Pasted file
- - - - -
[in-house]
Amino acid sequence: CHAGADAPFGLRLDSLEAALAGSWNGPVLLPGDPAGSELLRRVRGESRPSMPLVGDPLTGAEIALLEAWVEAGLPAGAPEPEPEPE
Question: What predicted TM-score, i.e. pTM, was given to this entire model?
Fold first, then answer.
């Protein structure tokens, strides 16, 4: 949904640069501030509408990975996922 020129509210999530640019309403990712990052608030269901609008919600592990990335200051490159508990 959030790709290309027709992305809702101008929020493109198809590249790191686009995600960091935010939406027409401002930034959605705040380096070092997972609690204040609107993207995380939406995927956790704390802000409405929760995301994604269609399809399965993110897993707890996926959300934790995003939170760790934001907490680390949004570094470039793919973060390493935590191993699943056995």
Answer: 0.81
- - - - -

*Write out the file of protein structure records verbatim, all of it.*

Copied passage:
[in-house]
Amino acid sequence: CHAGADAPFGLRLDSLEAALAGSWNGPVLLPGDPAGSELLRRVRGESRPSMPLVGDPLTGAEIALLEAWVEAGLPAGAPEPEPEPE
Question: What predicted TM-score, i.e. pTM, was given to this entire model?
Fold first, then answer.
């Protein structure tokens, strides 16, 4: 949904640069501030509408990975996922 020129509210999530640019309403990712990052608030269901609008919600592990990335200051490159508990 959030790709290309027709992305809702101008929020493109198809590249790191686009995600960091935010939406027409401002930034959605705040380096070092997972609690204040609107993207995380939406995927956790704390802000409405929760995301994604269609399809399965993110897993707890996926959300934790995003939170760790934001907490680390949004570094470039793919973060390493935590191993699943056995």
Answer: 0.81